Hindsight: Bound Leptin and Sympathetic Activity

As readers are probably well aware, leptin is one of the key hormones (secreted by fat cells), that regulate energy balance – not just by affecting food intake but also energy output. The latter happens in part through stimulation of the sympathetic nervous system.

In a paper we published in the Journal of Clinical Endocrinology and Metabolism in 2003, we examined the relationship between both free and protein-bound plasma leptin levels and sympathetic activity as assessed by microneurography.

Study participants included 25 healthy normal weight men, 8 individuals with central (multiple system atrophy) and 4 individuals with peripheral (pure) autonomic failure. Baroreflex sensitivity was measured using phenylephrine and nitroprusside infusions.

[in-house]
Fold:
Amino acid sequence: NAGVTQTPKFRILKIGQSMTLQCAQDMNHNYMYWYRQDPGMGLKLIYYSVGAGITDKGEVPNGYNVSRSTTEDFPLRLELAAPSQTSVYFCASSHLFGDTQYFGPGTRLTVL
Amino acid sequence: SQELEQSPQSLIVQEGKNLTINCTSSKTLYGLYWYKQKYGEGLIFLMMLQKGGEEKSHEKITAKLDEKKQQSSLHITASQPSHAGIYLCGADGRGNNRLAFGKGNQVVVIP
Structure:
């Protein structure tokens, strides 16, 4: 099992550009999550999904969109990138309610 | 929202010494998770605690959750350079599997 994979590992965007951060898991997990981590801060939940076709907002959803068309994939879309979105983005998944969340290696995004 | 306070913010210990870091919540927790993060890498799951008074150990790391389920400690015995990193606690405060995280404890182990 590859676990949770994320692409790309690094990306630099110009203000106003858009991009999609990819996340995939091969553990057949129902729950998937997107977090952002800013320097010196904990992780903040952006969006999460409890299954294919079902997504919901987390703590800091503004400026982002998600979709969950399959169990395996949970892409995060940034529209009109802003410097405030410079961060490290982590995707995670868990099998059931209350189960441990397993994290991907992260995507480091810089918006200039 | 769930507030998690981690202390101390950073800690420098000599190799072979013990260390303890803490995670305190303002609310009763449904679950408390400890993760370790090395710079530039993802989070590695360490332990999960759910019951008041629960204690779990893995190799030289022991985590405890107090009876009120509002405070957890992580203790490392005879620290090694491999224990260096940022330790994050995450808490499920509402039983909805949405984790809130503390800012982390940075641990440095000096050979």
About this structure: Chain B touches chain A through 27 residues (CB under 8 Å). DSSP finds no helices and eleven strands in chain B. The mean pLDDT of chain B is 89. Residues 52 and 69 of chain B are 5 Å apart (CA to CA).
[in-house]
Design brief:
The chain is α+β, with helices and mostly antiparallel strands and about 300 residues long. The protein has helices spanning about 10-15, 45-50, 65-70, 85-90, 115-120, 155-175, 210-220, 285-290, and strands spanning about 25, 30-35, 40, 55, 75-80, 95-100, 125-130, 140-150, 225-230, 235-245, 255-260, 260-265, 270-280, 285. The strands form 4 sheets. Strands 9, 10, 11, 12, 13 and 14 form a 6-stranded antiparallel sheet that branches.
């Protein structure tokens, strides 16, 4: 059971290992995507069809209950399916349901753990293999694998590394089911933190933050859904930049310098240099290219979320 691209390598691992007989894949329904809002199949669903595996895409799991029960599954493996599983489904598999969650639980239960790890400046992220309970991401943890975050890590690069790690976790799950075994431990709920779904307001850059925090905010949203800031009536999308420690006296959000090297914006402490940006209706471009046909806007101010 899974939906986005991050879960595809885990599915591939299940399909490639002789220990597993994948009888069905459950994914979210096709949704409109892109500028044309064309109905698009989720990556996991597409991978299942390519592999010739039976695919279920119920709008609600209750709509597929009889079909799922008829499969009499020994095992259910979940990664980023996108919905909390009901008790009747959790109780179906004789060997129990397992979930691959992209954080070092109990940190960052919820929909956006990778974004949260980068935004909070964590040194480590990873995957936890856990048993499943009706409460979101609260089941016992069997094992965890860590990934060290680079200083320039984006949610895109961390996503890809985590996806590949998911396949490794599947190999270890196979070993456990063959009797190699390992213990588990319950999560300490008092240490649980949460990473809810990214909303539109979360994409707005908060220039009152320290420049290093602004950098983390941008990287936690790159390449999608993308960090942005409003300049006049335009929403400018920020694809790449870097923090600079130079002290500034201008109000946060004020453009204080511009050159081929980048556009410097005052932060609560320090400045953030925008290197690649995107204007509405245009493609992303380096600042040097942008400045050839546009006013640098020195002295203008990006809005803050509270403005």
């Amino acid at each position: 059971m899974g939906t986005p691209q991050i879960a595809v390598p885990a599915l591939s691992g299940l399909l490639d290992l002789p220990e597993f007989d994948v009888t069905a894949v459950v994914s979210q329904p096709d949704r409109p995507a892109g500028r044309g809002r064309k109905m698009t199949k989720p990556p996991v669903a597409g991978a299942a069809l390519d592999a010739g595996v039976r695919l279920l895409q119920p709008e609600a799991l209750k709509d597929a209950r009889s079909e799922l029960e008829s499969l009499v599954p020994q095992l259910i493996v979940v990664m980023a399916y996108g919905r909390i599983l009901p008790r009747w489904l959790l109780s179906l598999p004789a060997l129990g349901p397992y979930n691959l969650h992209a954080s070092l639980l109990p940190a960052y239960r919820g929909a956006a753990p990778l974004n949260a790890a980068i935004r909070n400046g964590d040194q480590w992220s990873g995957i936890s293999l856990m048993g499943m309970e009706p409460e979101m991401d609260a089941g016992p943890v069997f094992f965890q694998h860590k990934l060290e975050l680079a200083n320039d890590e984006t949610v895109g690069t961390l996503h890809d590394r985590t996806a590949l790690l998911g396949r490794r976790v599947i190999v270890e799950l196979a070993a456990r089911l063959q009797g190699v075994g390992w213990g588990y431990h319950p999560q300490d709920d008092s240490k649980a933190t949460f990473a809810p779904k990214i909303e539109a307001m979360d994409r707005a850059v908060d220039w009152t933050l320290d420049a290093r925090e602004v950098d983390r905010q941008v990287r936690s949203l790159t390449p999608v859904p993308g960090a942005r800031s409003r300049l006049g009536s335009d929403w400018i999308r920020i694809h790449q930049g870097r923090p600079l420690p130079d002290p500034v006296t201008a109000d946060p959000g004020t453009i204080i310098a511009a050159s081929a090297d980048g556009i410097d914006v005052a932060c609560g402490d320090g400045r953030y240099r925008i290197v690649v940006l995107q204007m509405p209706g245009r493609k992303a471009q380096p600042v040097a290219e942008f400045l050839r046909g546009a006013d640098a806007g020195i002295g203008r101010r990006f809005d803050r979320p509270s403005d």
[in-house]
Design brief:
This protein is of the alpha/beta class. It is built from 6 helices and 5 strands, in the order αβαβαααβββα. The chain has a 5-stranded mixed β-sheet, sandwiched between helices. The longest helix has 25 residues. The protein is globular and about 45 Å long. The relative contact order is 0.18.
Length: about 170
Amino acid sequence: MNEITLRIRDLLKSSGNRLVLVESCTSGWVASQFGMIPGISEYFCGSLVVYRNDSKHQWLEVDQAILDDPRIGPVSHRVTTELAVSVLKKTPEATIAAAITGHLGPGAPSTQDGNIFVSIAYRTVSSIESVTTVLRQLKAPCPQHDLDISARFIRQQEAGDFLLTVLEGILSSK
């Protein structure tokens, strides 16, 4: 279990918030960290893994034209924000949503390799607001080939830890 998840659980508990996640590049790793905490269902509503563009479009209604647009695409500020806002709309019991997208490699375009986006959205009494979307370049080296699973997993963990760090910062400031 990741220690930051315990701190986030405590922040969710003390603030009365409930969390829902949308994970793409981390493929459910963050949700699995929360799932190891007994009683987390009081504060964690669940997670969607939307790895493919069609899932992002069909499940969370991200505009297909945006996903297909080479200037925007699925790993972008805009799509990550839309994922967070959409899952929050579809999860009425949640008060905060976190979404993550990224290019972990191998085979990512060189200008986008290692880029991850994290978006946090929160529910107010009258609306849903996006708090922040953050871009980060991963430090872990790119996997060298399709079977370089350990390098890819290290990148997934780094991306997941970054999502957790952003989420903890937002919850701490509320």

MSNA was consistently correlated with protein-bound leptin concentrations but not with free leptin levels. MSNA at baseline was about 15 bursts per minute in subjects with lower and about 24 bursts per minute in subjects with higher bound leptin concentrations.

We concluded that protein-bound rather than free leptin levels are correlated with basal sympathetic outflow, a relationship that was difficult to explain through a direct central nervous effect of protein-bound leptin. Rather, we suggested that protein-bound leptin may increase sympathetic vasomotor tone indirectly via a baroreflex mechanism.

According to Google Scholar, this paper has been cited 26 times.

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